A man washes out the eyes of a demonstrator after being pepper-sprayed. Credit: Sarah Szilagy | Campus Editor

In an open letter Monday, three student body groups demanded Ohio State cease operations with Columbus Police on campus and review contracts between University Police and Columbus Police for off-campus activities.

This comes amid five days of protests in downtown Columbus, Ohio, which began after the death of George Floyd, a black man who died in Minneapolis police custody. His death and others resulted from the actions of law enforcement officers. Videos and photos circulated on social media Saturday of Columbus Police using tactics that Columbus Mayor Andrew Ginther called “aggressive.”

The letter, which has received more than 1,000 signatures, was addressed to University President Michael V. Drake and other administrators and sent by the presidents of the Undergraduate Student Government, Council of Graduate Students and the Inter-Professional Council. The letter asks for a response within 48 hours.

“Our city is burning, our students are hurting, the safety and wellbeing of the Black community is at inherent risk and there is no other time to act than now,” the letter reads.

The recommendation comes after the University of Minnesota limited its university police collaboration with Minneapolis Police May 27, following the death of Floyd.

“We have a responsibility to uphold values and a duty to honor them,” Joan Gabel, president of the University of Minnesota, said in a letter. “We will limit our collaboration with the [Minneapolis Police] to joint patrols and investigations that directly enhance the safety of our community or that allow us to investigate and apprehend those who put our students, faculty, and staff at risk.”

Roaya Higazi, president of USG and a signee of the Ohio State letter, said the student governments realized the university needed to take similar action after “witnessing the brutalities of the protests.”

“We witnessed our peers get assaulted and maced and teargassed by the Columbus Police Department and at that point, we knew immediately that we could no longer engage with that department and continue to say that what we are doing is in the best interest of students,” Higazi, a fourth-year in city and regional planning, said.

The demands call for Ohio State to “no longer accept federal, military-grade resources,” reduce the University Police “budget used for expenditures that may be used for further militarization” and redirect police funds toward university student support offices, including the Office of Diversity and Inclusion, the Multicultural Center, Counseling and Consultation Services, and the Wellness Center.

During the first night of curfew in Columbus Saturday, University Police were seen patrolling North High Street using at least one armored vehicle, joining other armored vehicles from the Franklin County Sheriff’s office and Columbus Police.

The letter also demands the university’s Department of Safety to release an action plan “that affirms the commitment to Black student safety and overall university safety through disarmed, anti-force and culturally competent practices.”

“We can no longer accept bias trainings, reactionary meetings, or community dialogue,” the statement reads. “Community dialogue does not work when you kill the community.”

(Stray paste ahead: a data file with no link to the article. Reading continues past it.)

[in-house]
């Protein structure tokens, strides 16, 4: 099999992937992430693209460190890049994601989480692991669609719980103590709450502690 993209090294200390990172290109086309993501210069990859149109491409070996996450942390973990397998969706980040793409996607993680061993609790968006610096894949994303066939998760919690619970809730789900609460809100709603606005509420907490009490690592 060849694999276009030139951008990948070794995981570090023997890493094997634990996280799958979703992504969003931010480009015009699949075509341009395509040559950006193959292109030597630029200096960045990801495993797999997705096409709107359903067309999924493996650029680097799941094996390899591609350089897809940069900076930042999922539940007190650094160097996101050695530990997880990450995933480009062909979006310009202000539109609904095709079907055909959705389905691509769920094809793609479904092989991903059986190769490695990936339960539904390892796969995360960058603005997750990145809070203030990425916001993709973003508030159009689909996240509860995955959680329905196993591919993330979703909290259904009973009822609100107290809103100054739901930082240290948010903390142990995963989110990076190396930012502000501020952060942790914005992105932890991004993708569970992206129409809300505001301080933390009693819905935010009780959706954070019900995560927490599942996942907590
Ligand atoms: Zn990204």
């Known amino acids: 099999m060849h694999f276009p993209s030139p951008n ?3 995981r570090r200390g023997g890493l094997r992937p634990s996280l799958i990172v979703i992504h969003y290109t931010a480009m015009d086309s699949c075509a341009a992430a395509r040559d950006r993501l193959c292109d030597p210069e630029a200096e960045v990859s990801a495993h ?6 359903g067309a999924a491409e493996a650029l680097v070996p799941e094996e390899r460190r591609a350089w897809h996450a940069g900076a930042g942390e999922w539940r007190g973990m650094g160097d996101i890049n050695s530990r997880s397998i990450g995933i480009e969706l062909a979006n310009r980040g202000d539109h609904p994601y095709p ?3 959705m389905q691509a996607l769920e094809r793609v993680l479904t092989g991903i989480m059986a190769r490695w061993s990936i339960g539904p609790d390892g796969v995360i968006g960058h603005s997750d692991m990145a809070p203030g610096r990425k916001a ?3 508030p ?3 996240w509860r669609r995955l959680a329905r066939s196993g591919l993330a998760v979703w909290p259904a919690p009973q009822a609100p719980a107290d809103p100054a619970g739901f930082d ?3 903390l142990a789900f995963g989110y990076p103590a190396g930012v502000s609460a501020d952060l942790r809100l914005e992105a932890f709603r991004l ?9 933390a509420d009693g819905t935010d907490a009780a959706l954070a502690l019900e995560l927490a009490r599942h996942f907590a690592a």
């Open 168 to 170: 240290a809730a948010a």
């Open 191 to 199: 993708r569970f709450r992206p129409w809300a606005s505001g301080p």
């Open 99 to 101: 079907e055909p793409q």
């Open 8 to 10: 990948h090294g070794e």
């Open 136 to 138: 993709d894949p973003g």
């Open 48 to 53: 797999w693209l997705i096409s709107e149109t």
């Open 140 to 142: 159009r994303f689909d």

Ohio State canceled a “force science” training mid-March after backlash from groups that said the training perpetuated and promoted police brutality.

“We know our students are hurting, we are here to support them, and we are inspired by their commitment to this cause,” Ben Johnson, a university spokesperson said in an email. “We will be in dialogue with our student government leaders about the specific concerns they have raised.”

Saturday’s protest started peacefully but quickly turned violent when Columbus Police began using pepper spray, tear gas and shot wooden projectiles at the demonstrators. On Twitter Sunday, Ginther said some of the Columbus Police action Saturday was “aggressive” and that he was “proactively addressing these incidents.” Ginther has since deleted the tweet following criticisms of the city’s leadership by the Fraternal Order of Police president, who said the leadership had “created more tension” and that Columbus residents and police deserve better leadership.

Also on Saturday, Columbus’ chief legal counsel Zach Klein wrote on Twitter that he would soon have “concrete calls for action” to address how Columbus handled the weekend’s protests.

“For generations, our residents have called for change. As it relates to the Columbus Police Division, that means addressing systematic racism impacting the Black community and the way we police our community,” Klein said.

The letter also demands Ohio State acknowledge and condemn “the anti-Black violence the Columbus Police committed against students and the greater Columbus community” during the protests this weekend.

“On Saturday, President Drake asked of the university community to reflect on what we must do to prevent crimes like this from happening and what we can do to make things different,” the statement reads. “We reflected, we listened, and we collaborated.”

It’s not certain how the security of large gatherings and sporting events, such as football games, will be affected if Ohio State does limit Columbus Police involvement. However, Higazi said that is a conversation the student governments intend to have with administrators.

“No matter what those safety precautions look like at large gatherings, we now know that the Columbus Police Department has shown their community and their students that they are not interested in the safety of everyone at Ohio State,” Higazi said.